The Parenting Center

The Parenting Center is a branch of the Institute dedicated to ongoing parent education. Project CUIDAR offers free parenting and child enrichment courses. The Parental Intervention Project works to connect incarcerated parents with their children, through counseling, activities and courses. The Parent and Family Resource Center is an online tool used to access relevant articles, reading material and information regarding new parenting techniques. The Sciene of Parenting offers parenting courses in the community, in collaboration with local agencies, offered at low-cost. For more information, please see the associated links.

Parenting Quality and Mental Health

By Laura Kamptner, Ph.D.

Studies have repeatedly linked poor-quality parenting (e.g., insensitive, rejecting, harsh, abusive, neglectful ) to a wide variety of child, adolescent, and adult behavioral disturbances, mental health problems, personality disorders, and social ills. According to researchers, poor-quality caregiving during the early years of life predisposes individuals to mental health problems and personality disorders because it interferes with the development of emotion regulation, healthy interpersonal relationships, positive self development, and the successful mastery of developmental tasks (Mikulinger & Shaver, 2007, 2012; Sroufe et al., 2000). Conversely, individuals who receive warm, sensitively-attuned, and responsive caregiving coupled with stimulating environmental experiences have better emotional regulation, better brain/cognitive/language/ social/emotional development, better mental health, healthier interpersonal relationships, greater resiliency, better academic success, and are more productive workers as adults (e.g., Grille, 2013; M & S, 2007, 2012; Heckman, 2009, Sroufe et al., 2000; Sroufe et al., 2005). As summarized by Kind (2005): “Epidemics of mental, emotional, and behavioral problems and pathology are due to poor, harmful, or deficient nurturing in the development of individuals in a society” (p. 344).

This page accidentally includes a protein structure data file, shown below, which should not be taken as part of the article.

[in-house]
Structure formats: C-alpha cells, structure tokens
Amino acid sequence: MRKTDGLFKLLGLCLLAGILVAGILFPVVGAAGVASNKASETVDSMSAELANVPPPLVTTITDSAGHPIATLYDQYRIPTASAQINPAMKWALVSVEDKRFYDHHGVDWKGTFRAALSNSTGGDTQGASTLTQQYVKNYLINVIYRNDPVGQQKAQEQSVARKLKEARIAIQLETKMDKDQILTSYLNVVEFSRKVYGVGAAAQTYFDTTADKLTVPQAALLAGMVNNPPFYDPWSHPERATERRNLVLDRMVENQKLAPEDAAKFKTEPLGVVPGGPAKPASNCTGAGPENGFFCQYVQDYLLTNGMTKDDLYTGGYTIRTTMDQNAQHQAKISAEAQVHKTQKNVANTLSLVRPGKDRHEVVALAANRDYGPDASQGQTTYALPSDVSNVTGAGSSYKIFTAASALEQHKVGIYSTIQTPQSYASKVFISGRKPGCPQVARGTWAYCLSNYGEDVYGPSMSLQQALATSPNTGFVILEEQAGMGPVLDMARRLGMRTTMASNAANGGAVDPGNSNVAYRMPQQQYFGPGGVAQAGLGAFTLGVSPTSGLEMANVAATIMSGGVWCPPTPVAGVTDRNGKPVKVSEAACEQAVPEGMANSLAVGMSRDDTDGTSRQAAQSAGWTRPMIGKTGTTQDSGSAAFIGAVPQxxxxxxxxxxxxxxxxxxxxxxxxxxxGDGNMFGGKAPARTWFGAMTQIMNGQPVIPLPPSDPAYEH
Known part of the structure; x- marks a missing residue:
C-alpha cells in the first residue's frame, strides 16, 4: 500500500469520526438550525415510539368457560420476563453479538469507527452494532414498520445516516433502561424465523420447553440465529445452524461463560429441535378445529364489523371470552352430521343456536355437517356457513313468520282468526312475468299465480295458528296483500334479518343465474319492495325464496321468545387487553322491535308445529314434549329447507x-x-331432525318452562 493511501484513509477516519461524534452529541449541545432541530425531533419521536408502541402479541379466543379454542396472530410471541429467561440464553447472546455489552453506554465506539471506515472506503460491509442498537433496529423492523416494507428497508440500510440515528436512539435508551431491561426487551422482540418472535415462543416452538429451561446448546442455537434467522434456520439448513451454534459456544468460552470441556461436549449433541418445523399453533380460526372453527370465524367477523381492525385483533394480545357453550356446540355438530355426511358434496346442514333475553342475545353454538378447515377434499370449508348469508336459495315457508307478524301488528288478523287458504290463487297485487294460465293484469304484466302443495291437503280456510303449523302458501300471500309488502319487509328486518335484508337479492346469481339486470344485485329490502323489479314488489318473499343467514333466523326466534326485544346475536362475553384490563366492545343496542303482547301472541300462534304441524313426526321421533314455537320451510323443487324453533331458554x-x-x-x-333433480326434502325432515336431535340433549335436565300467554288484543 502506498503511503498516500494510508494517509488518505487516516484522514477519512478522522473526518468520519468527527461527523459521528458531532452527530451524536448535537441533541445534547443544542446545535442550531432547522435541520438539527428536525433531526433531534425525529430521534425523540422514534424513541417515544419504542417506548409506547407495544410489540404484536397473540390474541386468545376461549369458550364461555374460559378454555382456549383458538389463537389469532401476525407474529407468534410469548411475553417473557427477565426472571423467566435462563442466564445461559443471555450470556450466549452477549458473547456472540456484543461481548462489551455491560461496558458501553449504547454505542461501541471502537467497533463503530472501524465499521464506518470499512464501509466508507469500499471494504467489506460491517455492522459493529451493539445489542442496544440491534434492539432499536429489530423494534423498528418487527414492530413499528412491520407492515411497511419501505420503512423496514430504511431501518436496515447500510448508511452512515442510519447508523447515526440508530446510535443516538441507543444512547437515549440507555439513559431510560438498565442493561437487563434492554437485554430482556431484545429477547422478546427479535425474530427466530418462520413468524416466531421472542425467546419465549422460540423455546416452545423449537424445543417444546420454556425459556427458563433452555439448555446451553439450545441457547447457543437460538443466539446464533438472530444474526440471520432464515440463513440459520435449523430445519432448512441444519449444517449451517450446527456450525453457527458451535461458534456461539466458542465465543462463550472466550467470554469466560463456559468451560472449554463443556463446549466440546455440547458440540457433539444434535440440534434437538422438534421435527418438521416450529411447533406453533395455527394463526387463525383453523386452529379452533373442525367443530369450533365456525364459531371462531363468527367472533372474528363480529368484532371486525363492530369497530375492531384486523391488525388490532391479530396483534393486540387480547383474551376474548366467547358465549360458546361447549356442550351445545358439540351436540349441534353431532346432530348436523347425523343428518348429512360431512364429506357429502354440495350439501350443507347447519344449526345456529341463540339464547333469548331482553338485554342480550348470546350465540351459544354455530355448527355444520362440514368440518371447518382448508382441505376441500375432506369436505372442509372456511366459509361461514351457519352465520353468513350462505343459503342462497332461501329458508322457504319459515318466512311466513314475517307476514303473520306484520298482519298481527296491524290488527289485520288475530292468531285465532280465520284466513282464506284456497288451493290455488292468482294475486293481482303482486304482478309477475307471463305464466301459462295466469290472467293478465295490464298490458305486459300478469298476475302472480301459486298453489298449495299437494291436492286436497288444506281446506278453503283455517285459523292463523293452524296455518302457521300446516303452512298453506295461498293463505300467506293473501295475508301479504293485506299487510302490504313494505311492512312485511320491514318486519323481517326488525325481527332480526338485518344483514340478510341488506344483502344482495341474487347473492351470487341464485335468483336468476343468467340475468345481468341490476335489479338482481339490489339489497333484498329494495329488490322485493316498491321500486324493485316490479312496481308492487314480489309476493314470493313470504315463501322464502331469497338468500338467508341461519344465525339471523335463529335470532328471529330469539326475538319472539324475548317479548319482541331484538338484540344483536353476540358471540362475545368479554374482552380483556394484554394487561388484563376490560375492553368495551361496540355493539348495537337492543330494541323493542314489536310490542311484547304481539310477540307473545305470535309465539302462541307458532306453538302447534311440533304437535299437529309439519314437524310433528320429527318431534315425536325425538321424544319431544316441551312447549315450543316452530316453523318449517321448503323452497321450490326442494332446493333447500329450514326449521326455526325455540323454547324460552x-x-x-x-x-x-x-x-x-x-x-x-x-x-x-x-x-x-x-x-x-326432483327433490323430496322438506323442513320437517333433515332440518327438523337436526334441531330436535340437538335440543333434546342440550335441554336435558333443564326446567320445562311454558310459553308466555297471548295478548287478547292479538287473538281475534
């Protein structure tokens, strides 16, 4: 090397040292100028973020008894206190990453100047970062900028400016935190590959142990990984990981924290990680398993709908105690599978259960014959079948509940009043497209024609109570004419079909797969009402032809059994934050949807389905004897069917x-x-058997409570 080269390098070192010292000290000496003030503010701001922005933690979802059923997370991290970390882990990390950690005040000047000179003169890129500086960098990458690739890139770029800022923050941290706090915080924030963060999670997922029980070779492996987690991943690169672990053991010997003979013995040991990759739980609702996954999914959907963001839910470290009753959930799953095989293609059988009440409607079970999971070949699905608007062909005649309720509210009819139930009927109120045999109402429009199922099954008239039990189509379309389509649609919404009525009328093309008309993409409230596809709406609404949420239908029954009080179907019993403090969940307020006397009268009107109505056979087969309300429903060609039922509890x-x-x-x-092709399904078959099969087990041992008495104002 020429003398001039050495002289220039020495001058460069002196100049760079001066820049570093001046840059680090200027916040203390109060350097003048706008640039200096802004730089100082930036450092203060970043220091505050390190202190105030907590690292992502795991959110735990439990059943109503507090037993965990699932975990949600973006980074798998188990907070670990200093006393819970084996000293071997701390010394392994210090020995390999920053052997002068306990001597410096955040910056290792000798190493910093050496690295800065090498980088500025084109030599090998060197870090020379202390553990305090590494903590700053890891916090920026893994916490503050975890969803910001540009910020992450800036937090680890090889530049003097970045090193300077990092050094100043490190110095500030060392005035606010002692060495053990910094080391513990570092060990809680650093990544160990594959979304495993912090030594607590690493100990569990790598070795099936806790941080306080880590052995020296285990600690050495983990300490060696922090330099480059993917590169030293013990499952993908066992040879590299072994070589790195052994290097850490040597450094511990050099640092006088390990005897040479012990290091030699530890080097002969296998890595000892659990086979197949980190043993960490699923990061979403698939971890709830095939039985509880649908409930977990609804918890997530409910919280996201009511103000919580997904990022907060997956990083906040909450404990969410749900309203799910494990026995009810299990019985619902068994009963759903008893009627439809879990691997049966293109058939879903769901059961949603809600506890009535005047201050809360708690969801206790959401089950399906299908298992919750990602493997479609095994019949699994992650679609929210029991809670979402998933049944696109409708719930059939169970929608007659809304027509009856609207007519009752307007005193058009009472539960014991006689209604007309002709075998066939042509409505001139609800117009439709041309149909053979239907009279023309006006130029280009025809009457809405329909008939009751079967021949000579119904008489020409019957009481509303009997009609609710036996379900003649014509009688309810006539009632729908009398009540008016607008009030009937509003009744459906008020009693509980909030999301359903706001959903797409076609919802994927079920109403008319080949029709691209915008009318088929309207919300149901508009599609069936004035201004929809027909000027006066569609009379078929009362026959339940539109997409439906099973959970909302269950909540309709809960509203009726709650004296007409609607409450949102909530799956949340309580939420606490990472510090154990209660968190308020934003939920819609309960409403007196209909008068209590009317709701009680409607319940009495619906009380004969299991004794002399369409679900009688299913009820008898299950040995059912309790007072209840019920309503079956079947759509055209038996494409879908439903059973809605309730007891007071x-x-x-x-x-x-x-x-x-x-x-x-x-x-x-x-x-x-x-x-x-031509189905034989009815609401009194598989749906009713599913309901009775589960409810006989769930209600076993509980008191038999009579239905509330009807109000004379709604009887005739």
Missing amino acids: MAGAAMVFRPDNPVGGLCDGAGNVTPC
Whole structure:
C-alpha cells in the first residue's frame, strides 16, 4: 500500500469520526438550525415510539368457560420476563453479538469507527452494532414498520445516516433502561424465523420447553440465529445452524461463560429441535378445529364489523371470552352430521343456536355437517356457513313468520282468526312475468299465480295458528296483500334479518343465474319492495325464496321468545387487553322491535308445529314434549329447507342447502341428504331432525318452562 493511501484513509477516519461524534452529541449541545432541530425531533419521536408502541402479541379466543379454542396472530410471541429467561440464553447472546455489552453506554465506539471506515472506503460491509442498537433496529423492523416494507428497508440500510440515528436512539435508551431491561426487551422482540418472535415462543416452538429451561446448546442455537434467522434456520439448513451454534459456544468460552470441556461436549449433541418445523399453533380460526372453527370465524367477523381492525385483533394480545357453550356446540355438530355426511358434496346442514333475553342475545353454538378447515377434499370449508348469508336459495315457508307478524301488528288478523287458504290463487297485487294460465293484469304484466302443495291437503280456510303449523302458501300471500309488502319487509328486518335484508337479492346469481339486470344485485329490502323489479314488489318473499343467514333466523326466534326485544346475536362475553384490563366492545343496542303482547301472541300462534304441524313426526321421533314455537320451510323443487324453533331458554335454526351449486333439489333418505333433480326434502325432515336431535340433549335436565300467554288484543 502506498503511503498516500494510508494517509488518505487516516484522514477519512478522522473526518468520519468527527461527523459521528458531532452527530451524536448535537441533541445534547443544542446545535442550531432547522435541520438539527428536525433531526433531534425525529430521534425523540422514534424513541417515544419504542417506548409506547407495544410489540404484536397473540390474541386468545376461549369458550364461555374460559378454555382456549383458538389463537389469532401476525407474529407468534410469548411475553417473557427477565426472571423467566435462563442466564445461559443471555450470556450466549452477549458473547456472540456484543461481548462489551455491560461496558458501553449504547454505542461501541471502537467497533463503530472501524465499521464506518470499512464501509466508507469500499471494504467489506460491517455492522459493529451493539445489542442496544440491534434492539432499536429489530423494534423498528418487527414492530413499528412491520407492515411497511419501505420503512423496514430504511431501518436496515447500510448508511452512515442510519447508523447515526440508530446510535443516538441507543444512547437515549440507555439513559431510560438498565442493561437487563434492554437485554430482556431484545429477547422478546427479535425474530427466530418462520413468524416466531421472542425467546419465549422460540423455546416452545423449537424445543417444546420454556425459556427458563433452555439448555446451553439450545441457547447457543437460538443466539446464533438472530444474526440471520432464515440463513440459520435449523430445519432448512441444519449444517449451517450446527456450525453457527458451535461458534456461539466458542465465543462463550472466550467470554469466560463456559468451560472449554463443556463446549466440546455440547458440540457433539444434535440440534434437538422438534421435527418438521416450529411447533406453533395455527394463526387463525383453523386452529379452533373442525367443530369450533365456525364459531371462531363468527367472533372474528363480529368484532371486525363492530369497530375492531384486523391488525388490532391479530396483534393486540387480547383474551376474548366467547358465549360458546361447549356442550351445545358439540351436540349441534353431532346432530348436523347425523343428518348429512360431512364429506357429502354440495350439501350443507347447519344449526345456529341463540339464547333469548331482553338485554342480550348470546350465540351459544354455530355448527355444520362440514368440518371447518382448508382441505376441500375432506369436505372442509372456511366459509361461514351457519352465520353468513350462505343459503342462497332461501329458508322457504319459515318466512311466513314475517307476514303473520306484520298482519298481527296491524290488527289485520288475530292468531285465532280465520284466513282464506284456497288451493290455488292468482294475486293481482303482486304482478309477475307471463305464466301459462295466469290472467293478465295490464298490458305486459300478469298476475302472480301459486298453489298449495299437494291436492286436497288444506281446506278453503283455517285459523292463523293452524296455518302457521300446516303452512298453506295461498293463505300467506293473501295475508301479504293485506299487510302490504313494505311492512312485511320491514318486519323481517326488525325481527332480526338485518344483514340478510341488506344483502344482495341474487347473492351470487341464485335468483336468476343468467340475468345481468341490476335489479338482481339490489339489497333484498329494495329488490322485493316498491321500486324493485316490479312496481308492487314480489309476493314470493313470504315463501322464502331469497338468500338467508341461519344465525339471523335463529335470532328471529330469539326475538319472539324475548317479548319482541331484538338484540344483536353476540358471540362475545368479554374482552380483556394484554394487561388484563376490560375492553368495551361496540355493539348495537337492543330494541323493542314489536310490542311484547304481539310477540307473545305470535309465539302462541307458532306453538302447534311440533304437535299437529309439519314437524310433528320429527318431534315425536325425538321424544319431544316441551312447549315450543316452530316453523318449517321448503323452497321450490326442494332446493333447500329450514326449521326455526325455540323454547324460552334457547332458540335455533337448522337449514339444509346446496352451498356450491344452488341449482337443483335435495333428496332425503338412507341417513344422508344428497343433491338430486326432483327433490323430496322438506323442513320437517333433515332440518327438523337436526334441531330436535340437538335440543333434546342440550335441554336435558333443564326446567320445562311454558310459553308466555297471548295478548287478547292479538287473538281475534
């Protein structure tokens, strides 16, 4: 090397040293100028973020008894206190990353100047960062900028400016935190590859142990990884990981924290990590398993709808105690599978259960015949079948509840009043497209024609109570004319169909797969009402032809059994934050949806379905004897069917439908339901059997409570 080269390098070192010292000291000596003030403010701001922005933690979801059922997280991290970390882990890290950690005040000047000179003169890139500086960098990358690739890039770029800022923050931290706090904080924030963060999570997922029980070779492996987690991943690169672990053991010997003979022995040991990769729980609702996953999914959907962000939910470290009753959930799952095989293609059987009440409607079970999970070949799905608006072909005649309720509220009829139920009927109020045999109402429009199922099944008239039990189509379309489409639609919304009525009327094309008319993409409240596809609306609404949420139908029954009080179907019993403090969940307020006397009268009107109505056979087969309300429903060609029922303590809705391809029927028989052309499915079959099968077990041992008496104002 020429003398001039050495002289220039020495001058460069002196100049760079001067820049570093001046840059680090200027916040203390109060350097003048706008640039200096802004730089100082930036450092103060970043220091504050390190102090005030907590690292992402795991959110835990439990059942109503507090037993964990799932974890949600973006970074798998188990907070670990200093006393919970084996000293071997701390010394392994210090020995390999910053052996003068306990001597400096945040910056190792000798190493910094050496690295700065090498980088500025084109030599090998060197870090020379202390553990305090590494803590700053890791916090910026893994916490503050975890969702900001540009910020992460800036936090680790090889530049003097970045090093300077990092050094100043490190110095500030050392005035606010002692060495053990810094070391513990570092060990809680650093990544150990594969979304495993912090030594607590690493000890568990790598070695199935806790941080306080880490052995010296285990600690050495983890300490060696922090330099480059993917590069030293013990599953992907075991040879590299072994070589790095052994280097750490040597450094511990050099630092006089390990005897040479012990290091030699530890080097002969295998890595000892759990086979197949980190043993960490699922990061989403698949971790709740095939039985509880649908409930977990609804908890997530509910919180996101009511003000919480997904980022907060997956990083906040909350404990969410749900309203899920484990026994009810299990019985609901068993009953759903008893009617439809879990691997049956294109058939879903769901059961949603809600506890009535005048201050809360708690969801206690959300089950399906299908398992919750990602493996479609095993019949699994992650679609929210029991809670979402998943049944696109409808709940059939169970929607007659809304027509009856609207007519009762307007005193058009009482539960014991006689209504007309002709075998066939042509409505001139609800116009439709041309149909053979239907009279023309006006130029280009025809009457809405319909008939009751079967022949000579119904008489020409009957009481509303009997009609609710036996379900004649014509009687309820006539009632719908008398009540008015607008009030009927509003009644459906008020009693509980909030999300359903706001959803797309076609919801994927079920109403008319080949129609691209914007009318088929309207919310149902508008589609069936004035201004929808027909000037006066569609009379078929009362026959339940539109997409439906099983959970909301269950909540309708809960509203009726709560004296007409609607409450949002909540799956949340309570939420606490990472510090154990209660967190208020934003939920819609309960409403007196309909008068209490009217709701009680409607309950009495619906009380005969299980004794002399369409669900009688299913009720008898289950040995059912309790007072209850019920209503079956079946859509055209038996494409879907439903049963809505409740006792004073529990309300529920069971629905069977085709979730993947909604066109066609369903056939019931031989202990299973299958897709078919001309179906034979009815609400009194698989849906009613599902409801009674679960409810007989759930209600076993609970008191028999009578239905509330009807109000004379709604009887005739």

(A) Infants/Toddlers: Depression, emotionally-dysregulated behavior (e.g., “Oppositional Defiant Disorder”)

(B) Childhood: Depression, hyperactivity and inattention problems, impulsivity, poor social and emotional functioning (including poor emotional regulation), Conduct Disorder, aggression, anxiety disorders, suicidal tendencies

(C) Adolescence: Depression, inattention problems, impulsivity, poor social and emotional functioning (including poor emotional regulation), Conduct Disorder, anxiety disorders, suicidal tendencies, substance abuse, juvenile violence, aggression, destructive behavior, delinquency,
and eating disorders. Poor parenting is suggested as being the single biggest predictor of
psychopathology at age 19 (e.g., Perry, 2005)

(D) Adulthood: Bipolar disorder, anxiety disorders, narcissism, disorders of intimate and sexual relationships, depression, PTSD symptoms, borderline disorder, eating disorders, dissociative symptoms, schizophrenia and other personality disorders, and suicidal tendencies

(References: Crittenden, 1995; D’Andrea, Ford, Stolback, Spinzzola, & van der Kolk, 2012; Gerhardt, 2004; Grille, 2008,
2013; Heckman, Mikulinger & Shaver, 2007, 2012; Perry, 2005; Sroufe, Duggal, Weinfield, & Carlson, 2000 Sroufe et
al., 2005; Straus, 2008; Straus & Mather, 1995; Straus & Kaufman Kantor, 1994). Cassidy & Shaver, 2010; Perry, 2005;
Straus, 2008; Straus & Mather, 1995; Straus & Kaufman-Kantor, 1994).

The following paragraphs explain the chart displayed here.

Economics (and Risk Factors) of Poor-quality Parenting Examined

By Laura Kamptner, Ph.D.

1. Cost of Foster Care:

  • $33, 515/yr (Doran, Jacobs, & Dewa, 2012).
  • $113,120 - $165,120 per family, per year under the care of social services.

2. Cost of child abuse/neglect: Costs the U.S. $124 billion each year in 2008 (CDC):

  • Direct Costs: Hospitalizations, child mental health care costs, child welfare system costs, law enforcement (Children’s Defense Fund estimates this to cost taxpayers $33.3 billion per year).
  • Indirect Costs: Special education, adult homelessness, juvenile and adult criminal justice costs, lost work productivity (Children’s Defense Fund estimates this to cost approximately $46.9 billion per year).
  • A single case/incident of nonfatal child abuse/neglect costs $210,012 over a lifetime (DeNoon, 2012).